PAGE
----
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Understanding prenuptial agreements

A prenuptial agreement, entered into before marriage, can serve as a way for Massachusetts couples to decide how to apportion their assets in the event of a divorce. Especially for high-asset couples, a valid prenup can protect property and cut down on potential litigation.

Massachusetts law does not require your prenup to cover any particular topic. Common issues contained in prenups include alimony, classification of particular property as separate and division of assets. For an effective prenup, avoid using stock forms. Your attorney can help you by drafting a document that covers your individual circumstances.

Representation and full disclosure

General requirements for validity include having both parties represented by a lawyer and full financial disclosure by both parties. If it later turns out one of the parties hid information about debts, property or other relevant matters, the other may contest it. Courts may also invalidate a prenup that either party signed due to undue pressure or that contains extremely unfair provisions.

Changing the terms

Sometimes a couple's financial and other circumstances can change greatly during the marriage. The prenuptial agreement you signed several years ago may no longer address your current reality. Upon the consent of both parties, the agreement can be revoked or modified to better reflect your current wishes.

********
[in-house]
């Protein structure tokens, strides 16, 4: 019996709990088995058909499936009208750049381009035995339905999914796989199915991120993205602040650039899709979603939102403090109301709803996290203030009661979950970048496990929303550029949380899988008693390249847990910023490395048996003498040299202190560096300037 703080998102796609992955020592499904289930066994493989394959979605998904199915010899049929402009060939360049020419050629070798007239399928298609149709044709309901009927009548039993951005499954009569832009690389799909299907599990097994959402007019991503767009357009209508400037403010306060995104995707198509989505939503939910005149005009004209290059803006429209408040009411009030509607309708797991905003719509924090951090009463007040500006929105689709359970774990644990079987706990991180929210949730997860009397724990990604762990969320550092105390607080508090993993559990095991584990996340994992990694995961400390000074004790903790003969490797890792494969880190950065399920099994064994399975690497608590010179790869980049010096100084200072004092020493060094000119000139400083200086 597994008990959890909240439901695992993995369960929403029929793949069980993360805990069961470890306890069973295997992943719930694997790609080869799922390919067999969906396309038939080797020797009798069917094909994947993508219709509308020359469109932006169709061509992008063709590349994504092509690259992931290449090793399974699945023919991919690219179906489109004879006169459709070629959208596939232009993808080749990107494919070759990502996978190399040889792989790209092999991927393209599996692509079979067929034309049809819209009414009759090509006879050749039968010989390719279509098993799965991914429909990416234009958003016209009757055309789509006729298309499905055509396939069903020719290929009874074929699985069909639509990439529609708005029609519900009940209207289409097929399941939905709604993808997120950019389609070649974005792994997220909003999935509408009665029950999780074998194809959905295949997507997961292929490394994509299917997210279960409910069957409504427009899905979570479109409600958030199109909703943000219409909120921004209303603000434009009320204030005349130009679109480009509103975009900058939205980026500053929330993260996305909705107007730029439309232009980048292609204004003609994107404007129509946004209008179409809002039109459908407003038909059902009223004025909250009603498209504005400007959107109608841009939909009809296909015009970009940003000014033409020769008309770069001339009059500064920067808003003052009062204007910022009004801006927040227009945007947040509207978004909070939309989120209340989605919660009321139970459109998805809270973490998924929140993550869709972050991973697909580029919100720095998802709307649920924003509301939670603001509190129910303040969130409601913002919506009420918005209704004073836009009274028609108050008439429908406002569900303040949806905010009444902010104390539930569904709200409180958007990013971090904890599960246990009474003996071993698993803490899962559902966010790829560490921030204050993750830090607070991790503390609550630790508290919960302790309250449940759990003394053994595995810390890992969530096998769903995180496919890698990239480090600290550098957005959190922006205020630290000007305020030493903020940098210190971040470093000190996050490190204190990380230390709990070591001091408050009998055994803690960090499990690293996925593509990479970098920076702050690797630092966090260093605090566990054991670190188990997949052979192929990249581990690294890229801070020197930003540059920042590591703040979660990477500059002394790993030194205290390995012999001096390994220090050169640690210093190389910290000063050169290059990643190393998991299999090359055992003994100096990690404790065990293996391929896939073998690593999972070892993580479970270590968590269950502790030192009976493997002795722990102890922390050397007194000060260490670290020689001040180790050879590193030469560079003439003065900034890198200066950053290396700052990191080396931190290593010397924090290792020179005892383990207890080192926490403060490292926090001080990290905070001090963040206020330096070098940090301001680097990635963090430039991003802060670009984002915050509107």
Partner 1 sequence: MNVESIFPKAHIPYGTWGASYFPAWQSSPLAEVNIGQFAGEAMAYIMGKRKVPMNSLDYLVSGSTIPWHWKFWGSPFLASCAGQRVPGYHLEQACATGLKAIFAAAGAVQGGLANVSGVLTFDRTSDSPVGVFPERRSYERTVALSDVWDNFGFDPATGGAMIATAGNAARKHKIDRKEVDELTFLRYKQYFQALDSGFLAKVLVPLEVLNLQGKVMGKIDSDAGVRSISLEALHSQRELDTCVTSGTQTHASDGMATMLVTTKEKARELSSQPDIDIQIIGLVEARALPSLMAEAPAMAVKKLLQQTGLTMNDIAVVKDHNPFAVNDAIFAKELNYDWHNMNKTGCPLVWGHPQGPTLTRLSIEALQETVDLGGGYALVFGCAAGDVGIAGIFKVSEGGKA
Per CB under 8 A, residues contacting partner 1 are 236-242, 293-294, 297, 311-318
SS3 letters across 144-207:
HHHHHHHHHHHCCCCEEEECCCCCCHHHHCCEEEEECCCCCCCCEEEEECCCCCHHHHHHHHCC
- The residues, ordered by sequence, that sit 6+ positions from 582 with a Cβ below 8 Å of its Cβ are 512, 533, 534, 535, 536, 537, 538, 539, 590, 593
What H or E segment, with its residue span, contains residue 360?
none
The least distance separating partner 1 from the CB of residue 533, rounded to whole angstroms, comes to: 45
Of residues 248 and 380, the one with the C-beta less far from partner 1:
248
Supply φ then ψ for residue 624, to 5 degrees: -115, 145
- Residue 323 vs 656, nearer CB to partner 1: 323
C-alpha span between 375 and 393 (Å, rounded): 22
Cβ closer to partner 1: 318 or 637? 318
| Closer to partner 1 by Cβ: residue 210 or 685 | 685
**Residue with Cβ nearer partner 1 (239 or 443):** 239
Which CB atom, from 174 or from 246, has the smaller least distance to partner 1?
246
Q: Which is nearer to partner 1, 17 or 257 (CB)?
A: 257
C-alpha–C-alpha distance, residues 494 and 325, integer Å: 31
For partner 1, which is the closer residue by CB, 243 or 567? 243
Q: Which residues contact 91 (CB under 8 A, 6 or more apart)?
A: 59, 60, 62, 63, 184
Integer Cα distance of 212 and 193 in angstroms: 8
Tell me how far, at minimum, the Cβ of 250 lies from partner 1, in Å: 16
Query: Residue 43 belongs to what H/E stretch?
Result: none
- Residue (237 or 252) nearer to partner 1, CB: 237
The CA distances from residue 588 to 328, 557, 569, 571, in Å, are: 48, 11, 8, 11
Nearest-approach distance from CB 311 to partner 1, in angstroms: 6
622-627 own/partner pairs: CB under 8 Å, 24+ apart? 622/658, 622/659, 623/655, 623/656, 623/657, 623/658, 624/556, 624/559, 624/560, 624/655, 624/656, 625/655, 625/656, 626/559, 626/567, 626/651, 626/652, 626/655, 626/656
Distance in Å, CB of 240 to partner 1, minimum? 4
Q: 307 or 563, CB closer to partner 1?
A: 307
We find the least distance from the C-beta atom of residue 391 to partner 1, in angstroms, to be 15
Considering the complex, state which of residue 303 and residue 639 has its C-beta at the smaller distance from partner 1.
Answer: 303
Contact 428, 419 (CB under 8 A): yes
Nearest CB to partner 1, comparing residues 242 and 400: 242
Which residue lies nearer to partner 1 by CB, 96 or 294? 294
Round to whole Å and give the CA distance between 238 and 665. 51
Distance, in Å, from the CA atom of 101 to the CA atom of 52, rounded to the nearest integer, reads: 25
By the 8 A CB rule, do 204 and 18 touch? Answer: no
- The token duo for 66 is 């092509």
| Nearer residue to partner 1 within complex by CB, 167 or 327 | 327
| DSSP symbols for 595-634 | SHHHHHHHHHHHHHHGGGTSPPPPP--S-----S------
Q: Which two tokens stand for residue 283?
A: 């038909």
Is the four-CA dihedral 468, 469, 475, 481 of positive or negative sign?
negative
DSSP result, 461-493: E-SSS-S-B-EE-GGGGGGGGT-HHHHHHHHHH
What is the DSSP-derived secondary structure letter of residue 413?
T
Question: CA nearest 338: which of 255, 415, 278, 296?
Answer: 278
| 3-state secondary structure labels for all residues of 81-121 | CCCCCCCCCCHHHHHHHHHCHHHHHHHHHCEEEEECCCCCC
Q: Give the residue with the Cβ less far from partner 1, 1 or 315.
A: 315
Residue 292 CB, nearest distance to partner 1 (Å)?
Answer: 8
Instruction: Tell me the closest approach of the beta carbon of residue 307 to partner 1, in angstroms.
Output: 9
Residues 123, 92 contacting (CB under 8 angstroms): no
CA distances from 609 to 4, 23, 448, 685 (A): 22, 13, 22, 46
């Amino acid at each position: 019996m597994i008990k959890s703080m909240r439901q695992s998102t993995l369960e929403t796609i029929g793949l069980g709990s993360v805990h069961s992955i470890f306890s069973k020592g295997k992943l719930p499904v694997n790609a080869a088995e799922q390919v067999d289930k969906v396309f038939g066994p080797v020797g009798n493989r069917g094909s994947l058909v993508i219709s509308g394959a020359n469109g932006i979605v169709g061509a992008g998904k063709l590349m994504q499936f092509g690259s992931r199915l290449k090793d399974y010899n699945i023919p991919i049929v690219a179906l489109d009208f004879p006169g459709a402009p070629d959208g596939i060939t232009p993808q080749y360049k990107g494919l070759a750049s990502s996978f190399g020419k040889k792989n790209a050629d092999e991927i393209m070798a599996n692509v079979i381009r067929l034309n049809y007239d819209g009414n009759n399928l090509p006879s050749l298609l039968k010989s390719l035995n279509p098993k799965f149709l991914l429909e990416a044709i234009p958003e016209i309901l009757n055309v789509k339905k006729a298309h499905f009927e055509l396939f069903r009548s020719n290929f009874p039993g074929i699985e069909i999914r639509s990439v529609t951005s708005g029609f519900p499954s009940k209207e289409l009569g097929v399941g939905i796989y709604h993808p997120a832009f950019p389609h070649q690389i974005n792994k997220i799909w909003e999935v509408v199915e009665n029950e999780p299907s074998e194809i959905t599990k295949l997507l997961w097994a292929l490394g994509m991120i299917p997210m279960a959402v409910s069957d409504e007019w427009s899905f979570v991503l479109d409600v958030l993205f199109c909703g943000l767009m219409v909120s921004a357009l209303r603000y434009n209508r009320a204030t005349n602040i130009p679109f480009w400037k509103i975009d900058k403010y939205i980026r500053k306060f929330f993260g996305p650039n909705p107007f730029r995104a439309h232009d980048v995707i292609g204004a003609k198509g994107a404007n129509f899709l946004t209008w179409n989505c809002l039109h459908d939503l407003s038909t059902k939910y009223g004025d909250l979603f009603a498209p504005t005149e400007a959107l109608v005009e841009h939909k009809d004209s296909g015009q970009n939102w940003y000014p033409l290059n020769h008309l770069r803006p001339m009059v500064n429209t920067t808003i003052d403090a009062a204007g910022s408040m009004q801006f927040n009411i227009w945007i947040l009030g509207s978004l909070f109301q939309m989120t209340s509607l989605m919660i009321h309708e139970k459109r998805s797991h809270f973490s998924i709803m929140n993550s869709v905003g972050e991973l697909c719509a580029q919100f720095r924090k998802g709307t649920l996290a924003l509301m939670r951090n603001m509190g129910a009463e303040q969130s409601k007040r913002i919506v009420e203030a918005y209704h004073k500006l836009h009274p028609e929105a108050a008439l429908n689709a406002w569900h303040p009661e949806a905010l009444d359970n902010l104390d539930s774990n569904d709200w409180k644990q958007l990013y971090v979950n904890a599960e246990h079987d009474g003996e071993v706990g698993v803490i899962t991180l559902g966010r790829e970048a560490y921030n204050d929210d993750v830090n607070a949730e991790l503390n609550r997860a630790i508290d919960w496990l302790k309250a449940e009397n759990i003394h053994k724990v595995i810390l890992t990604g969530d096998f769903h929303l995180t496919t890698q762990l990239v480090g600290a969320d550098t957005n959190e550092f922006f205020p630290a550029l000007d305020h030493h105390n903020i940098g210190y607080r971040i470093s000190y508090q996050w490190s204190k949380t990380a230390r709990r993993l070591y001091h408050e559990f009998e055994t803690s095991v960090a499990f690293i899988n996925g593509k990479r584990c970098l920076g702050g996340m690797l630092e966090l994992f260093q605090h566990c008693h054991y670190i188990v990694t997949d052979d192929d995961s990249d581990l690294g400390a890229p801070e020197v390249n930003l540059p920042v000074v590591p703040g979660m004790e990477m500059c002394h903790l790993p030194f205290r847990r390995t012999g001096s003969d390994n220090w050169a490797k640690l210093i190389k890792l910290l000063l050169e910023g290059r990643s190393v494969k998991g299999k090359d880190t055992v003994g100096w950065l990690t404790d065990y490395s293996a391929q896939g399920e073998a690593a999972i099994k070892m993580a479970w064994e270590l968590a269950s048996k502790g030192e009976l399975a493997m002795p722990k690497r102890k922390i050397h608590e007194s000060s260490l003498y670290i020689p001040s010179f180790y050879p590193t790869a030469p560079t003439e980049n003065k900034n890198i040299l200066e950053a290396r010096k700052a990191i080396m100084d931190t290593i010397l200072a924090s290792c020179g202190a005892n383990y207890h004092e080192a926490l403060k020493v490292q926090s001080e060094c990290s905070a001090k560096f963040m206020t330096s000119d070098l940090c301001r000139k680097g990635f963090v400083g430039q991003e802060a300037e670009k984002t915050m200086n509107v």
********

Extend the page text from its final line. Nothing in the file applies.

Giving up rights

Spouses may waive or limit any rights to alimony they may have. However, in the event of a complete waiver or a strict limitation, courts may look very closely at the circumstances and whether any unfair tactics impelled the spouse to give up these rights.

Child custody or support provisions may be invalid

Generally speaking, prenuptial agreements cannot cover custody and child support issues. Courts determine these based on the children's best interests; in particular, a parent may not give up the right to child support on behalf of the child. However, courts are more likely to allow child support provisions to stand when they stipulate an amount that exceeds the legally mandated child support guidelines.

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